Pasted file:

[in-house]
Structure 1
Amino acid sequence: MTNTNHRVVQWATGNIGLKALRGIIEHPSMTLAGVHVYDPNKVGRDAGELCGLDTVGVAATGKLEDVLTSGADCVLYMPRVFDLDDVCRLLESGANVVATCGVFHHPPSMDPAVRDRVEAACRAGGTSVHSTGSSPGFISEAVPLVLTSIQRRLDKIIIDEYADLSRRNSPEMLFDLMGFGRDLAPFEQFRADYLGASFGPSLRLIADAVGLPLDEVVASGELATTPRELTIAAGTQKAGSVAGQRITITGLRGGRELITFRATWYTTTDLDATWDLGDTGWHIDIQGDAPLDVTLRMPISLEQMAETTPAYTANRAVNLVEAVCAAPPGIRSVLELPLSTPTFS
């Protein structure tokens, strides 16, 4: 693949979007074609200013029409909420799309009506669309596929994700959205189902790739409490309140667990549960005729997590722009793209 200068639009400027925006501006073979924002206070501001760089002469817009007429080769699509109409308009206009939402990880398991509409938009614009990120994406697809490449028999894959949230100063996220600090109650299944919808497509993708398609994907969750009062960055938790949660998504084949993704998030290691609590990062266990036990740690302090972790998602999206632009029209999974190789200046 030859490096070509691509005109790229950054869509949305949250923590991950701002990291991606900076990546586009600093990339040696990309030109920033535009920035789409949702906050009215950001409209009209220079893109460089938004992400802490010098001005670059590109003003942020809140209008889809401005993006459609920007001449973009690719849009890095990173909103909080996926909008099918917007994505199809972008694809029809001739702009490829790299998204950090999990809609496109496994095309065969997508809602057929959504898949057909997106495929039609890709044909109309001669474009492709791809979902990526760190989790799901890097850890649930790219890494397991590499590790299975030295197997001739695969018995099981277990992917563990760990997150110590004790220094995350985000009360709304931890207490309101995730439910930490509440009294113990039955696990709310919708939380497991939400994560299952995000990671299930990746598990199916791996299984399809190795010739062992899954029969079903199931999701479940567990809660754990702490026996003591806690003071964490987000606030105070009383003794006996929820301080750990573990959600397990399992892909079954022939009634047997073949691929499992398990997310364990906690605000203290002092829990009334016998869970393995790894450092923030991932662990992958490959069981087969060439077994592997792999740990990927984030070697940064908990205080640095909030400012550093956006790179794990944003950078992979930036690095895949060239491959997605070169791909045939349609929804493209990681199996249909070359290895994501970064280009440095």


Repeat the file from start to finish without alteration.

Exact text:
[in-house]
Structure 1
Amino acid sequence: MTNTNHRVVQWATGNIGLKALRGIIEHPSMTLAGVHVYDPNKVGRDAGELCGLDTVGVAATGKLEDVLTSGADCVLYMPRVFDLDDVCRLLESGANVVATCGVFHHPPSMDPAVRDRVEAACRAGGTSVHSTGSSPGFISEAVPLVLTSIQRRLDKIIIDEYADLSRRNSPEMLFDLMGFGRDLAPFEQFRADYLGASFGPSLRLIADAVGLPLDEVVASGELATTPRELTIAAGTQKAGSVAGQRITITGLRGGRELITFRATWYTTTDLDATWDLGDTGWHIDIQGDAPLDVTLRMPISLEQMAETTPAYTANRAVNLVEAVCAAPPGIRSVLELPLSTPTFS
């Protein structure tokens, strides 16, 4: 693949979007074609200013029409909420799309009506669309596929994700959205189902790739409490309140667990549960005729997590722009793209 200068639009400027925006501006073979924002206070501001760089002469817009007429080769699509109409308009206009939402990880398991509409938009614009990120994406697809490449028999894959949230100063996220600090109650299944919808497509993708398609994907969750009062960055938790949660998504084949993704998030290691609590990062266990036990740690302090972790998602999206632009029209999974190789200046 030859490096070509691509005109790229950054869509949305949250923590991950701002990291991606900076990546586009600093990339040696990309030109920033535009920035789409949702906050009215950001409209009209220079893109460089938004992400802490010098001005670059590109003003942020809140209008889809401005993006459609920007001449973009690719849009890095990173909103909080996926909008099918917007994505199809972008694809029809001739702009490829790299998204950090999990809609496109496994095309065969997508809602057929959504898949057909997106495929039609890709044909109309001669474009492709791809979902990526760190989790799901890097850890649930790219890494397991590499590790299975030295197997001739695969018995099981277990992917563990760990997150110590004790220094995350985000009360709304931890207490309101995730439910930490509440009294113990039955696990709310919708939380497991939400994560299952995000990671299930990746598990199916791996299984399809190795010739062992899954029969079903199931999701479940567990809660754990702490026996003591806690003071964490987000606030105070009383003794006996929820301080750990573990959600397990399992892909079954022939009634047997073949691929499992398990997310364990906690605000203290002092829990009334016998869970393995790894450092923030991932662990992958490959069981087969060439077994592997792999740990990927984030070697940064908990205080640095909030400012550093956006790179794990944003950078992979930036690095895949060239491959997605070169791909045939349609929804493209990681199996249909070359290895994501970064280009440095």